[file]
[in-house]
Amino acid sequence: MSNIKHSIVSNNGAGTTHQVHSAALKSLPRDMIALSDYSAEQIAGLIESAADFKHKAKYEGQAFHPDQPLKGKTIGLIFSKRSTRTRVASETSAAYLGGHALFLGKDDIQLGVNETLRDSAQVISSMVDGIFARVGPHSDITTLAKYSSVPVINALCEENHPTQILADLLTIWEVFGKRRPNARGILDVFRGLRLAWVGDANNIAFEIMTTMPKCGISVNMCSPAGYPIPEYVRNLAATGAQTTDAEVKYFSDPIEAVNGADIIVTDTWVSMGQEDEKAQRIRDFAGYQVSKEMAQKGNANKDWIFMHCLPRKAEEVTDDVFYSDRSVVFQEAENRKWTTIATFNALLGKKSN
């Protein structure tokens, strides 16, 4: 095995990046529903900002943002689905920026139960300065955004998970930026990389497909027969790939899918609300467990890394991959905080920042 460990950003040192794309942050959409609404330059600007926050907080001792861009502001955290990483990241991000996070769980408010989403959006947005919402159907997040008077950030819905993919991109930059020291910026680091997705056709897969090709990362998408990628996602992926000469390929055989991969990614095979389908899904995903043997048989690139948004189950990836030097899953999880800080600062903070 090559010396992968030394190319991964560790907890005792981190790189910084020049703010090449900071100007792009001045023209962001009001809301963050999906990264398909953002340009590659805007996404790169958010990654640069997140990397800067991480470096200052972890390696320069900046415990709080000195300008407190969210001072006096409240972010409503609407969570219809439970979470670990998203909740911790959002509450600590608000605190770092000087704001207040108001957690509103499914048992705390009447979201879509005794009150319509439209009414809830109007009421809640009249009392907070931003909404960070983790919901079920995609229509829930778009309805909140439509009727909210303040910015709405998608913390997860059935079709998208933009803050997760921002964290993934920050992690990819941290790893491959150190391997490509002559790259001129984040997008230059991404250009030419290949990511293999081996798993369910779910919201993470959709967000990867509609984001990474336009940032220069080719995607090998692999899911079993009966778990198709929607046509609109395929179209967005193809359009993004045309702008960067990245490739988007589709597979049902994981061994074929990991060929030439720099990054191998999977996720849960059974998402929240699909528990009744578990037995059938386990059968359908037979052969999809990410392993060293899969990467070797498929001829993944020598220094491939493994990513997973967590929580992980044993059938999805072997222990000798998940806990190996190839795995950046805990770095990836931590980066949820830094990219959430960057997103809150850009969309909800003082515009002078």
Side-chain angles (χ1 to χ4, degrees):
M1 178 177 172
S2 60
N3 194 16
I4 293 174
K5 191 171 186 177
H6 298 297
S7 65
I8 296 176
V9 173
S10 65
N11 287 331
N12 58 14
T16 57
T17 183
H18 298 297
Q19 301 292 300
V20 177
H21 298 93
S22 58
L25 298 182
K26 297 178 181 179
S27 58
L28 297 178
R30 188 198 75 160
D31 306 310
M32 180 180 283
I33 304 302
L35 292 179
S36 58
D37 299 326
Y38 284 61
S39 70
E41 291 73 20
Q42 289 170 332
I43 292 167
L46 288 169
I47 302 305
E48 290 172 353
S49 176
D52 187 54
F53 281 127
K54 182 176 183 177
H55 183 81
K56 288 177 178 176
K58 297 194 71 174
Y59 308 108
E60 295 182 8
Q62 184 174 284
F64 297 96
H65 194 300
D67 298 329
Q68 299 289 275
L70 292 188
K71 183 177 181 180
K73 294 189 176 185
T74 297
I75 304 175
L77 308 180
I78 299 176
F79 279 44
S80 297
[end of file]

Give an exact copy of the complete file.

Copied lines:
[in-house]
Amino acid sequence: MSNIKHSIVSNNGAGTTHQVHSAALKSLPRDMIALSDYSAEQIAGLIESAADFKHKAKYEGQAFHPDQPLKGKTIGLIFSKRSTRTRVASETSAAYLGGHALFLGKDDIQLGVNETLRDSAQVISSMVDGIFARVGPHSDITTLAKYSSVPVINALCEENHPTQILADLLTIWEVFGKRRPNARGILDVFRGLRLAWVGDANNIAFEIMTTMPKCGISVNMCSPAGYPIPEYVRNLAATGAQTTDAEVKYFSDPIEAVNGADIIVTDTWVSMGQEDEKAQRIRDFAGYQVSKEMAQKGNANKDWIFMHCLPRKAEEVTDDVFYSDRSVVFQEAENRKWTTIATFNALLGKKSN
């Protein structure tokens, strides 16, 4: 095995990046529903900002943002689905920026139960300065955004998970930026990389497909027969790939899918609300467990890394991959905080920042 460990950003040192794309942050959409609404330059600007926050907080001792861009502001955290990483990241991000996070769980408010989403959006947005919402159907997040008077950030819905993919991109930059020291910026680091997705056709897969090709990362998408990628996602992926000469390929055989991969990614095979389908899904995903043997048989690139948004189950990836030097899953999880800080600062903070 090559010396992968030394190319991964560790907890005792981190790189910084020049703010090449900071100007792009001045023209962001009001809301963050999906990264398909953002340009590659805007996404790169958010990654640069997140990397800067991480470096200052972890390696320069900046415990709080000195300008407190969210001072006096409240972010409503609407969570219809439970979470670990998203909740911790959002509450600590608000605190770092000087704001207040108001957690509103499914048992705390009447979201879509005794009150319509439209009414809830109007009421809640009249009392907070931003909404960070983790919901079920995609229509829930778009309805909140439509009727909210303040910015709405998608913390997860059935079709998208933009803050997760921002964290993934920050992690990819941290790893491959150190391997490509002559790259001129984040997008230059991404250009030419290949990511293999081996798993369910779910919201993470959709967000990867509609984001990474336009940032220069080719995607090998692999899911079993009966778990198709929607046509609109395929179209967005193809359009993004045309702008960067990245490739988007589709597979049902994981061994074929990991060929030439720099990054191998999977996720849960059974998402929240699909528990009744578990037995059938386990059968359908037979052969999809990410392993060293899969990467070797498929001829993944020598220094491939493994990513997973967590929580992980044993059938999805072997222990000798998940806990190996190839795995950046805990770095990836931590980066949820830094990219959430960057997103809150850009969309909800003082515009002078």
Side-chain angles (χ1 to χ4, degrees):
M1 178 177 172
S2 60
N3 194 16
I4 293 174
K5 191 171 186 177
H6 298 297
S7 65
I8 296 176
V9 173
S10 65
N11 287 331
N12 58 14
T16 57
T17 183
H18 298 297
Q19 301 292 300
V20 177
H21 298 93
S22 58
L25 298 182
K26 297 178 181 179
S27 58
L28 297 178
R30 188 198 75 160
D31 306 310
M32 180 180 283
I33 304 302
L35 292 179
S36 58
D37 299 326
Y38 284 61
S39 70
E41 291 73 20
Q42 289 170 332
I43 292 167
L46 288 169
I47 302 305
E48 290 172 353
S49 176
D52 187 54
F53 281 127
K54 182 176 183 177
H55 183 81
K56 288 177 178 176
K58 297 194 71 174
Y59 308 108
E60 295 182 8
Q62 184 174 284
F64 297 96
H65 194 300
D67 298 329
Q68 299 289 275
L70 292 188
K71 183 177 181 180
K73 294 189 176 185
T74 297
I75 304 175
L77 308 180
I78 299 176
F79 279 44
S80 297